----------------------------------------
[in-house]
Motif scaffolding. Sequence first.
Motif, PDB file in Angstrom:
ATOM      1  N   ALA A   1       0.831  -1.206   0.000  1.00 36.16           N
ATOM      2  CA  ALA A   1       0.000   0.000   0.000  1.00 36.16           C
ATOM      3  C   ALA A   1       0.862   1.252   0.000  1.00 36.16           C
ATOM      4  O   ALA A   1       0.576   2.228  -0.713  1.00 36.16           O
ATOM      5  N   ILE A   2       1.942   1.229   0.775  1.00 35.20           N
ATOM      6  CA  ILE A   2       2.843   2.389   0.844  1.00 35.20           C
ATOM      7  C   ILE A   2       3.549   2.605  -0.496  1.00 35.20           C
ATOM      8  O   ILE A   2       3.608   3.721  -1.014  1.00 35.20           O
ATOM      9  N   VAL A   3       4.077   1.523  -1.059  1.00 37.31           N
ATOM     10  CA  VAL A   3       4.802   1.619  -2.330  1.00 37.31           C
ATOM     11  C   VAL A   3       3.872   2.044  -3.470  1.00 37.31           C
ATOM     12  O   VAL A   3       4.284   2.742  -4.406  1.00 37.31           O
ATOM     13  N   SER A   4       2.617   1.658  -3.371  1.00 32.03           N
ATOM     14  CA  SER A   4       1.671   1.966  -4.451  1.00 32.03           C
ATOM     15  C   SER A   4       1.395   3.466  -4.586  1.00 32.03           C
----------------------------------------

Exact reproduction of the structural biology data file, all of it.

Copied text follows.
[in-house]
Motif scaffolding. Sequence first.
Motif, PDB file in Angstrom:
ATOM      1  N   ALA A   1       0.831  -1.206   0.000  1.00 36.16           N
ATOM      2  CA  ALA A   1       0.000   0.000   0.000  1.00 36.16           C
ATOM      3  C   ALA A   1       0.862   1.252   0.000  1.00 36.16           C
ATOM      4  O   ALA A   1       0.576   2.228  -0.713  1.00 36.16           O
ATOM      5  N   ILE A   2       1.942   1.229   0.775  1.00 35.20           N
ATOM      6  CA  ILE A   2       2.843   2.389   0.844  1.00 35.20           C
ATOM      7  C   ILE A   2       3.549   2.605  -0.496  1.00 35.20           C
ATOM      8  O   ILE A   2       3.608   3.721  -1.014  1.00 35.20           O
ATOM      9  N   VAL A   3       4.077   1.523  -1.059  1.00 37.31           N
ATOM     10  CA  VAL A   3       4.802   1.619  -2.330  1.00 37.31           C
ATOM     11  C   VAL A   3       3.872   2.044  -3.470  1.00 37.31           C
ATOM     12  O   VAL A   3       4.284   2.742  -4.406  1.00 37.31           O
ATOM     13  N   SER A   4       2.617   1.658  -3.371  1.00 32.03           N
ATOM     14  CA  SER A   4       1.671   1.966  -4.451  1.00 32.03           C
ATOM     15  C   SER A   4       1.395   3.466  -4.586  1.00 32.03           C